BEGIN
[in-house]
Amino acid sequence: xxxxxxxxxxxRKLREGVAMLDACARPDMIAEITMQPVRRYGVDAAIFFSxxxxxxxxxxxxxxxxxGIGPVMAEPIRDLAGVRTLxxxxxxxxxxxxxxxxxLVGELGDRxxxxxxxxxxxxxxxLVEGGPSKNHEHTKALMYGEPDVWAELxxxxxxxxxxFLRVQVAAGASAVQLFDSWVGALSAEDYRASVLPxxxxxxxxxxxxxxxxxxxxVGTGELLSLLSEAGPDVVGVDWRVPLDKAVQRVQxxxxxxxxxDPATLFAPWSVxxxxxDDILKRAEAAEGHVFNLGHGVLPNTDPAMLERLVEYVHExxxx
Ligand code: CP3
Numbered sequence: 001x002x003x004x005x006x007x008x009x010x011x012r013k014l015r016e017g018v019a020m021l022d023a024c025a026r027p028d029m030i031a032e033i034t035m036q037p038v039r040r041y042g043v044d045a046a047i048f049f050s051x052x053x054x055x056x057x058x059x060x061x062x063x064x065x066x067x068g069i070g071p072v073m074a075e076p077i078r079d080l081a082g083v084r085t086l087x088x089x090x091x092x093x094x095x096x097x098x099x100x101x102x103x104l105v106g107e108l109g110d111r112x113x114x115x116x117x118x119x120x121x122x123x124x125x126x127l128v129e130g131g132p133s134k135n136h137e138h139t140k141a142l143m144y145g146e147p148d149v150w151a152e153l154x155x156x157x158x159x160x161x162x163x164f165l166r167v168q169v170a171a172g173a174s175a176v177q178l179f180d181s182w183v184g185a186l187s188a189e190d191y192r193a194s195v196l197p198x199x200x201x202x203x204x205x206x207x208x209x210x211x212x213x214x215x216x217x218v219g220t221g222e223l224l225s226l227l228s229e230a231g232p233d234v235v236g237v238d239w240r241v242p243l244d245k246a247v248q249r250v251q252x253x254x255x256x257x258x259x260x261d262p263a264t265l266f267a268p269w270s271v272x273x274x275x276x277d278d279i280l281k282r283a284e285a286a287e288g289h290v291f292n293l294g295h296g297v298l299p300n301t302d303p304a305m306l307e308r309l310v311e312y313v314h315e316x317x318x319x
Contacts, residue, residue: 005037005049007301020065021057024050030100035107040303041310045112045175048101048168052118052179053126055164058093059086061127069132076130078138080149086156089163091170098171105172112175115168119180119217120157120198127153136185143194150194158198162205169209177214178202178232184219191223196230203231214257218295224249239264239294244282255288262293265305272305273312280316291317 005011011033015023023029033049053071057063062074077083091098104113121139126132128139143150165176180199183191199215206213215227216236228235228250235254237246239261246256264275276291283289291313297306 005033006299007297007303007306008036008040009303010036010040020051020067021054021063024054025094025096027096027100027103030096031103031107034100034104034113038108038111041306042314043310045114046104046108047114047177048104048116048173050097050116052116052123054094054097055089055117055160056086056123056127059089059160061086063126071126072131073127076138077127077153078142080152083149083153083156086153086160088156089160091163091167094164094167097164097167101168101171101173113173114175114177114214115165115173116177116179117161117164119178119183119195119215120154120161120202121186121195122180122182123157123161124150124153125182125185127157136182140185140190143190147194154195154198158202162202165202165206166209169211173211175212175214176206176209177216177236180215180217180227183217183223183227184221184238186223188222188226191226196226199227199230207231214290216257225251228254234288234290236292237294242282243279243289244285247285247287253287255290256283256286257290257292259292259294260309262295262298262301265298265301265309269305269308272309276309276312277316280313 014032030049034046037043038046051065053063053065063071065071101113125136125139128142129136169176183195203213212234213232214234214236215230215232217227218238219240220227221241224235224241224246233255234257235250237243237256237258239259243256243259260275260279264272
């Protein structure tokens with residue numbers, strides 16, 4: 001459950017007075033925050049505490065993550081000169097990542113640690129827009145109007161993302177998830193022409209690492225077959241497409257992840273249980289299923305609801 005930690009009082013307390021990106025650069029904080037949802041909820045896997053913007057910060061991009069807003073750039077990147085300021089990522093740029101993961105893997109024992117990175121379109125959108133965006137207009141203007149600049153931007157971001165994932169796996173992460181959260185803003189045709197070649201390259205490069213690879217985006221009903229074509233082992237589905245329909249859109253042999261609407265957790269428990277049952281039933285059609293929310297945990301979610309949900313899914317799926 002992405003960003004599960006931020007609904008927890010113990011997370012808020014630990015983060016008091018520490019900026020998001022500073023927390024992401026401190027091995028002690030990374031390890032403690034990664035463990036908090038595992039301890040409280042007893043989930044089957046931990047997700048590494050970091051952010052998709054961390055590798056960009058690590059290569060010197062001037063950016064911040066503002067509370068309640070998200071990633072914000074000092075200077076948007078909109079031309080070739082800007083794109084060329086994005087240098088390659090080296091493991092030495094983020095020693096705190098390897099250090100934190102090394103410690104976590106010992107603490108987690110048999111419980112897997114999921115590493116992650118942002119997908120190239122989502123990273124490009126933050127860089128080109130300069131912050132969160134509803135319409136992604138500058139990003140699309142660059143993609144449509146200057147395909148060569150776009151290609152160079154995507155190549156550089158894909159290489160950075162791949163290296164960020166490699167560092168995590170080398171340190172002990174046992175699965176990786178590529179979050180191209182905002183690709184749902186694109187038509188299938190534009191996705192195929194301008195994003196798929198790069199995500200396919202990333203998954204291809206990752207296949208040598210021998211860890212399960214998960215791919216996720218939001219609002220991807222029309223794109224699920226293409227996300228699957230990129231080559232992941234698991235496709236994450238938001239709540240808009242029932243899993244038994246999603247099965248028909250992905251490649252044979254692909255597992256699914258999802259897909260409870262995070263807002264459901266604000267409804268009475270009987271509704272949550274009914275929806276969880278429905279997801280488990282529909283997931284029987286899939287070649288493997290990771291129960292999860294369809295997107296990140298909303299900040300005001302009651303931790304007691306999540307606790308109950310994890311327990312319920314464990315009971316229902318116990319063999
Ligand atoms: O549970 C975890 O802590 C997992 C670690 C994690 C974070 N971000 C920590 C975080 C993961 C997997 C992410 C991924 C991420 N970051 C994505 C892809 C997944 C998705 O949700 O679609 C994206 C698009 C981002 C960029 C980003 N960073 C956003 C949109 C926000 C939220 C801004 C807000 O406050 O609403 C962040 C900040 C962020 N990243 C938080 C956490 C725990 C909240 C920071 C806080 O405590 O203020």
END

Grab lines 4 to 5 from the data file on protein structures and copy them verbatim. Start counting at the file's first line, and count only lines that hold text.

Numbered sequence: 001x002x003x004x005x006x007x008x009x010x011x012r013k014l015r016e017g018v019a020m021l022d023a024c025a026r027p028d029m030i031a032e033i034t035m036q037p038v039r040r041y042g043v044d045a046a047i048f049f050s051x052x053x054x055x056x057x058x059x060x061x062x063x064x065x066x067x068g069i070g071p072v073m074a075e076p077i078r079d080l081a082g083v084r085t086l087x088x089x090x091x092x093x094x095x096x097x098x099x100x101x102x103x104l105v106g107e108l109g110d111r112x113x114x115x116x117x118x119x120x121x122x123x124x125x126x127l128v129e130g131g132p133s134k135n136h137e138h139t140k141a142l143m144y145g146e147p148d149v150w151a152e153l154x155x156x157x158x159x160x161x162x163x164f165l166r167v168q169v170a171a172g173a174s175a176v177q178l179f180d181s182w183v184g185a186l187s188a189e190d191y192r193a194s195v196l197p198x199x200x201x202x203x204x205x206x207x208x209x210x211x212x213x214x215x216x217x218v219g220t221g222e223l224l225s226l227l228s229e230a231g232p233d234v235v236g237v238d239w240r241v242p243l244d245k246a247v248q249r250v251q252x253x254x255x256x257x258x259x260x261d262p263a264t265l266f267a268p269w270s271v272x273x274x275x276x277d278d279i280l281k282r283a284e285a286a287e288g289h290v291f292n293l294g295h296g297v298l299p300n301t302d303p304a305m306l307e308r309l310v311e312y313v314h315e316x317x318x319x
Contacts, residue, residue: 005037005049007301020065021057024050030100035107040303041310045112045175048101048168052118052179053126055164058093059086061127069132076130078138080149086156089163091170098171105172112175115168119180119217120157120198127153136185143194150194158198162205169209177214178202178232184219191223196230203231214257218295224249239264239294244282255288262293265305272305273312280316291317 005011011033015023023029033049053071057063062074077083091098104113121139126132128139143150165176180199183191199215206213215227216236228235228250235254237246239261246256264275276291283289291313297306 005033006299007297007303007306008036008040009303010036010040020051020067021054021063024054025094025096027096027100027103030096031103031107034100034104034113038108038111041306042314043310045114046104046108047114047177048104048116048173050097050116052116052123054094054097055089055117055160056086056123056127059089059160061086063126071126072131073127076138077127077153078142080152083149083153083156086153086160088156089160091163091167094164094167097164097167101168101171101173113173114175114177114214115165115173116177116179117161117164119178119183119195119215120154120161120202121186121195122180122182123157123161124150124153125182125185127157136182140185140190143190147194154195154198158202162202165202165206166209169211173211175212175214176206176209177216177236180215180217180227183217183223183227184221184238186223188222188226191226196226199227199230207231214290216257225251228254234288234290236292237294242282243279243289244285247285247287253287255290256283256286257290257292259292259294260309262295262298262301265298265301265309269305269308272309276309276312277316280313 014032030049034046037043038046051065053063053065063071065071101113125136125139128142129136169176183195203213212234213232214234214236215230215232217227218238219240220227221241224235224241224246233255234257235250237243237256237258239259243256243259260275260279264272